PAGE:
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RESULTS

 In order to reduce the number of variables and to lessen potential multicollinearity problems, TMT, strategy, financial, and industry data were factor analyzed to determine which items could be combined.  The varimax factor loadings are presented in Table 1.  An eleven factor solution explained 47.3% of the variation among the 30 items.  Based upon this factor structure, individual items were multiplied by factor loadings and summed to calculate variables for further analyses.  Thus, items highly loaded on each factor were combined to create new variables called technical education (Factor 3), new venture experience (Factor 4), industry experience (Factor 7), finance experience (Factor 8), innovative differentiation (Factor 1), marketing differentiation (Factor 6), low cost (Factor 2), strategic breadth (Factor 5), liquidity (Factor 9), industry performance (Factor 10), and industry technological change (Factor 11).  Because focus, debt to equity, ROS, and industry growth did not load significantly on any of the factors, these variables were used alone in further analyses.

 Tables 2 and 3 present results of multiple stepwise regressions used to examine factors related to venture capital financing and firm performance.  Each model was significant at p<.001.  Independent variables in the study explained a substantial percentage of the variation in whether or not ventures were funded by venture capitalists (Model R2=.33), percentage of venture capital ownership (Model R2=.19), sales growth (Model R2=.26) and EPS (Model R2.30).  Partial R2s were reported in Tables 2 and 3 in order to assess the relative importance of the independent variables in explaining the dependent variables.

 Results in Table 2 indicate that compared to IPO firms without venture capital backing, those with such backing were older (Partial R2=.18; p<.001) and their management teams had higher levels of technical education (Partial R2=.08; p<.001), industry experience (Partial R2=.02; p<.05) and finance experience (Partial R2=.02; p<.05).  Furthermore, they participated in industries with higher levels of performance (Partial R2=.01; p<.1), technological change (Partial R2=.01; p<.1) and growth (Partial R2=.01; p<.1).  The firm's age at the time of the IPO was the most important variable in distinguishing between funded and unfunded ventures (Partial R2=.18).  Management team characteristics were second most important (Partial R2=.12), industry characteristics were only mildly important (Partial R2=.03) and the strategies and financial characteristics of the firms were not significantly related to venture capital funding.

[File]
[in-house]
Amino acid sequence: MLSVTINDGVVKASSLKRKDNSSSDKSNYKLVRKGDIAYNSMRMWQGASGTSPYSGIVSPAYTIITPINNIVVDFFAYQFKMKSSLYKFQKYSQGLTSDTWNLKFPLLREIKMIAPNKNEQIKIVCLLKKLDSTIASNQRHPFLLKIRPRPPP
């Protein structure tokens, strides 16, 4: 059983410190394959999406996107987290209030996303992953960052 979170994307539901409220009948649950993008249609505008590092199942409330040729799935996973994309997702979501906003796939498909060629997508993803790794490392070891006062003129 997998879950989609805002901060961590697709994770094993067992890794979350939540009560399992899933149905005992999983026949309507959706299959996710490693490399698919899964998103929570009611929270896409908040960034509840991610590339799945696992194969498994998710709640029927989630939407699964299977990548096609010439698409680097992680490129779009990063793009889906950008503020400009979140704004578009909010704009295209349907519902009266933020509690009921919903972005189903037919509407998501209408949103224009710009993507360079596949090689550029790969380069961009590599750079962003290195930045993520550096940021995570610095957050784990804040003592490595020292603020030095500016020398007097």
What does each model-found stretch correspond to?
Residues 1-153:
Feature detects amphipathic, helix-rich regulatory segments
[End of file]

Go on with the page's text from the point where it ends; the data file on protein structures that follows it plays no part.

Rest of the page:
Results in Table 2 also indicate that venture age was the most important indicator of the percentage of venture capital ownership (Partial R2=.12; p<.001), followed by technical education (Partial R2=.05; p<.001) and industry performance (Partial R2=.02; p<.05).  Firms strategies and financial characteristics were not significantly related to the percentage of venture capital funding.  The relative importance of independent variables in explaining percentage of venture capitalist ownership was the same as indicated above for venture capital funding.  Firm age explained the greatest variance, followed by TMT background and industry characteristics.  As with venture capital funding, firm strategies and financial characteristics were not associated with percentage of venture capital ownership.
 
 Results in Table 3 indicate that among the ventures in this sample, sales growth was significantly related to the age of the firm at the time of its IPO (Partial R2=.03; p<.01), technical education (Partial R2=.02; P<.05) and finance experience (Partial R2=.05; p<.001).  Sales growth was also significantly related to strategies emphasizing innovative differentiation (Partial R2=.04; p<.01), low cost (Partial R2=.09; p<.001), and strategic breadth (Partial R2=.03; p<.01).
  Earnings per share was significantly related to new venture experience (Partial R2=.06; p<.001), technical education (Partial R2=.14; p<.001), and industry experience (Partial R2=.02; p<.05).  In addition, earnings per share was influenced by strategies emphasizing strategic breadth (Partial R2=.1; p<.1) and focus (Partial R2=.06; p<.001), and by industry performance (Partial R2=.01; p<.1).  Neither performance variable was significantly related to venture capital funding nor percentage of venture capital ownership.
 

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